Dutchess County Fair 2012
Fair to return to its agricultural roots with educational exhibits & livestock
Caroline Burns, 2, center, J.J. Burns, right, and Ryan Burns, 11, background, all on Northport, N.Y., look at a Jersey calf, Dutchess County Fair Aug. 23 in Rhinebeck. The calf was born in December at Ken-Ray Farm in Lagrangeville. /
Karl Rabe/Poughkeepsie Journal
by: Shantal Parris Riley
Aug 18, 2012
Hundreds of thousands of people will head to the Dutchess County Fair this week for nationally known musical acts, dozens of rides, carnival games, 4-H competitions and the ever-popular fair foods.
The Dutchess County Fair returns this week for its 167th year, with hopes for clear skies and a renewed focus on agriculture.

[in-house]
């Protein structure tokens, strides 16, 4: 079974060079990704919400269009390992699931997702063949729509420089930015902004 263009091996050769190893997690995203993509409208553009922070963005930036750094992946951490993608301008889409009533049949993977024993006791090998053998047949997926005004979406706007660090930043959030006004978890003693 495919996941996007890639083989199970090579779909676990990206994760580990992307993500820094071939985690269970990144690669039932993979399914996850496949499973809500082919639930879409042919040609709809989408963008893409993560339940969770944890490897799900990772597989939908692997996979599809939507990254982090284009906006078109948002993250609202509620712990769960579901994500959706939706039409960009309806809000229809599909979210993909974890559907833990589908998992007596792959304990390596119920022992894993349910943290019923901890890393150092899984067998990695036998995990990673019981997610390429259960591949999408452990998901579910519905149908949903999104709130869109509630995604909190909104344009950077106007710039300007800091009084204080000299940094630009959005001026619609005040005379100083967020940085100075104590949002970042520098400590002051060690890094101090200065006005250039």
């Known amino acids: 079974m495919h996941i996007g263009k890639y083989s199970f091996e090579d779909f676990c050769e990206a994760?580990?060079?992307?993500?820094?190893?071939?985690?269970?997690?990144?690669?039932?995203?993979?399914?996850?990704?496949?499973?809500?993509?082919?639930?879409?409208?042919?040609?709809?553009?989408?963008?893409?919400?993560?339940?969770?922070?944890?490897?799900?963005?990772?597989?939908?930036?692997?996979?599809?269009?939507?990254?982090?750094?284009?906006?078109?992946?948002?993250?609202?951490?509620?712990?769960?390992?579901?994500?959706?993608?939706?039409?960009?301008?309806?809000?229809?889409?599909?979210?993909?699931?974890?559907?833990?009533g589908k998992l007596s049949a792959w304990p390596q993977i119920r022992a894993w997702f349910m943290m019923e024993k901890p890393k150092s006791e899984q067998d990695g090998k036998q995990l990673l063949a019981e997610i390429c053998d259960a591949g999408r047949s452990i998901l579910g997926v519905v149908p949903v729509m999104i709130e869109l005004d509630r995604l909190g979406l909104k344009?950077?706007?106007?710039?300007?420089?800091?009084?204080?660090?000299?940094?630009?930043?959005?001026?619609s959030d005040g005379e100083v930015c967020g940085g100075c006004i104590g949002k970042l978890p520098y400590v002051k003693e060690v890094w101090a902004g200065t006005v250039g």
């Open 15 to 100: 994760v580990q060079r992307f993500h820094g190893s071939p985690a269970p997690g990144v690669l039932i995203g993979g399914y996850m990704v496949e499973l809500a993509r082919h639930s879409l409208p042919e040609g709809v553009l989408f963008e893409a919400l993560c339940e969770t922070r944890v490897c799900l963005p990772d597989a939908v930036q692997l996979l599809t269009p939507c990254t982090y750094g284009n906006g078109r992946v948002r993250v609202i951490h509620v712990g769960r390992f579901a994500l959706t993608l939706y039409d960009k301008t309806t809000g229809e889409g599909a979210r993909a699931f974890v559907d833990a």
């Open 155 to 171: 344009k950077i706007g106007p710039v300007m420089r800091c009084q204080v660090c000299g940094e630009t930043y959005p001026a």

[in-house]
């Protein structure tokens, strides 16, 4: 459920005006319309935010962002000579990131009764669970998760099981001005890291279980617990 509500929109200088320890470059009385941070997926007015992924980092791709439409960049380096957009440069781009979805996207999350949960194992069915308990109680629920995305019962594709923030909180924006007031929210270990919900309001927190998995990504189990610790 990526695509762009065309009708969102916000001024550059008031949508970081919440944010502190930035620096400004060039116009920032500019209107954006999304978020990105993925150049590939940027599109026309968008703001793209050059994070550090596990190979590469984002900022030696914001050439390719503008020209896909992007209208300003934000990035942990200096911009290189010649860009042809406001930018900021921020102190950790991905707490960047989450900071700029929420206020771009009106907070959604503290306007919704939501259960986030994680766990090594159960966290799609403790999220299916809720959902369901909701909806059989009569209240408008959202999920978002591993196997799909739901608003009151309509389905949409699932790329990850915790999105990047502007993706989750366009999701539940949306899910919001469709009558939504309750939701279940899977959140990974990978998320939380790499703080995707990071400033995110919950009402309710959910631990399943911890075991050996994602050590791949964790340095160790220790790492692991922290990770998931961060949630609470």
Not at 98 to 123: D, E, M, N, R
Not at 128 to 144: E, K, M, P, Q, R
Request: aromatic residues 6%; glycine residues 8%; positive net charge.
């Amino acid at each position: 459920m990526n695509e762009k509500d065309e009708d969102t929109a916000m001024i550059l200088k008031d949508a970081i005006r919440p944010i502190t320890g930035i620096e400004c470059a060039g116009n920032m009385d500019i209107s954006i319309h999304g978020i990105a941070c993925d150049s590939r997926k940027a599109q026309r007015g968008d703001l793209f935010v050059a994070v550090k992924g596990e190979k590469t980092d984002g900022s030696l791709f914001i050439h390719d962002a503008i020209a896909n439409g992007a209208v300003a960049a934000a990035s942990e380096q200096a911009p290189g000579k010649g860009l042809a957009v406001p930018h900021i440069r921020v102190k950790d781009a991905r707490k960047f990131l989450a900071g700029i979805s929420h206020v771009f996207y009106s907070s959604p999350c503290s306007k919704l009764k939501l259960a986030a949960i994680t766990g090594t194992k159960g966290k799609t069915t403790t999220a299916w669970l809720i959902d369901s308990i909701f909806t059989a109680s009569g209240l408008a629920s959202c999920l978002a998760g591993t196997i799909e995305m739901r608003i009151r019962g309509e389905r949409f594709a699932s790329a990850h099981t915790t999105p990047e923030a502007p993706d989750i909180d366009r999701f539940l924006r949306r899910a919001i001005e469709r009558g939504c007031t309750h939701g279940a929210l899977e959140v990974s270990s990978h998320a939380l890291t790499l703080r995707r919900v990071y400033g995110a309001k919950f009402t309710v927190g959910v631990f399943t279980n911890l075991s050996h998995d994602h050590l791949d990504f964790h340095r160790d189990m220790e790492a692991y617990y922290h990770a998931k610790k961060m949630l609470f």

“The fair is getting back to its agricultural roots,” said Richard Weckesser, president of the Dutchess County Agricultural Society, which began the fair in the mid-1800s. “We’re going to add more of an agricultural flavor to the fair.”
The plan for the next four to five years entails showcasing more livestock and more agricultural-themed exhibits, he said. One example is this year’s new soybean exhibit, an educational display that follows a soybean on a journey from sprout to factory floor to store shelf.
From left, Helen Jorgensen, 10, Ed Jorgensen and Grace Jorgensen, 5, all of Millbrook, joke around while eating at the Dutchess County Fair Aug. 23 in Rhinebeck. / Karl Rabe/Poughkeepsie Journal
Fair staffers confirmed that 4-H milkshakes, chocolate-covered apples and deep-fried Oreo cookies would again be available at the fair this year. This year’s fair boasts 45 rides, an entertainment lineup including Lonestar and Chubby Checker, and hundreds of 4-H livestock shows and competitions to be held on “Livestock Hill,” one of the earliest features of the fair.